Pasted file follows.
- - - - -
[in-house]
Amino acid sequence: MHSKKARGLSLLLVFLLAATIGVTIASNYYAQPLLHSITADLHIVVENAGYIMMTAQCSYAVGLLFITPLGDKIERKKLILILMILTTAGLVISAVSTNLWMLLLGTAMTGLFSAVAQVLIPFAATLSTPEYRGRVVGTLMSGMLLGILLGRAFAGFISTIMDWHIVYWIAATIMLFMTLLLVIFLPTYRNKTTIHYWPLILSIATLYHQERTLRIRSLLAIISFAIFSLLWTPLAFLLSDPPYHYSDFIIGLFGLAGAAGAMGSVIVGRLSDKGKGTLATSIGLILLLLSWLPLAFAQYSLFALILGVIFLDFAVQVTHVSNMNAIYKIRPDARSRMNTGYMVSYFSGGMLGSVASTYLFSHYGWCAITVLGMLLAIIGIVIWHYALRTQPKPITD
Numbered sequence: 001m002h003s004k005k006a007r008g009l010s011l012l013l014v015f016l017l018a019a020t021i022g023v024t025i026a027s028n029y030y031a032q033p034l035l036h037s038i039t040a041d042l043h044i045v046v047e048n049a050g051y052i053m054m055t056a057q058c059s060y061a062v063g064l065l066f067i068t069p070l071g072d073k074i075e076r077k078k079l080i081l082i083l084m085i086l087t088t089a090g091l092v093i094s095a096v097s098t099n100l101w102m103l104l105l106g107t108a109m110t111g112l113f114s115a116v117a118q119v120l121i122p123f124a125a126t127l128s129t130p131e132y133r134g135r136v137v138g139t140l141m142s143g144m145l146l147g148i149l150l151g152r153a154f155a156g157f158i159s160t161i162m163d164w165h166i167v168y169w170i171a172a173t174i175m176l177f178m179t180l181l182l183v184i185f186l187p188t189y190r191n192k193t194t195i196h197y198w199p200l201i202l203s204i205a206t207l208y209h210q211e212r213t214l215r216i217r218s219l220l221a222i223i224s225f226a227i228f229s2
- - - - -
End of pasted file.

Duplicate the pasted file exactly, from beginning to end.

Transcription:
[in-house]
Amino acid sequence: MHSKKARGLSLLLVFLLAATIGVTIASNYYAQPLLHSITADLHIVVENAGYIMMTAQCSYAVGLLFITPLGDKIERKKLILILMILTTAGLVISAVSTNLWMLLLGTAMTGLFSAVAQVLIPFAATLSTPEYRGRVVGTLMSGMLLGILLGRAFAGFISTIMDWHIVYWIAATIMLFMTLLLVIFLPTYRNKTTIHYWPLILSIATLYHQERTLRIRSLLAIISFAIFSLLWTPLAFLLSDPPYHYSDFIIGLFGLAGAAGAMGSVIVGRLSDKGKGTLATSIGLILLLLSWLPLAFAQYSLFALILGVIFLDFAVQVTHVSNMNAIYKIRPDARSRMNTGYMVSYFSGGMLGSVASTYLFSHYGWCAITVLGMLLAIIGIVIWHYALRTQPKPITD
Numbered sequence: 001m002h003s004k005k006a007r008g009l010s011l012l013l014v015f016l017l018a019a020t021i022g023v024t025i026a027s028n029y030y031a032q033p034l035l036h037s038i039t040a041d042l043h044i045v046v047e048n049a050g051y052i053m054m055t056a057q058c059s060y061a062v063g064l065l066f067i068t069p070l071g072d073k074i075e076r077k078k079l080i081l082i083l084m085i086l087t088t089a090g091l092v093i094s095a096v097s098t099n100l101w102m103l104l105l106g107t108a109m110t111g112l113f114s115a116v117a118q119v120l121i122p123f124a125a126t127l128s129t130p131e132y133r134g135r136v137v138g139t140l141m142s143g144m145l146l147g148i149l150l151g152r153a154f155a156g157f158i159s160t161i162m163d164w165h166i167v168y169w170i171a172a173t174i175m176l177f178m179t180l181l182l183v184i185f186l187p188t189y190r191n192k193t194t195i196h197y198w199p200l201i202l203s204i205a206t207l208y209h210q211e212r213t214l215r216i217r218s219l220l221a222i223i224s225f226a227i228f229s2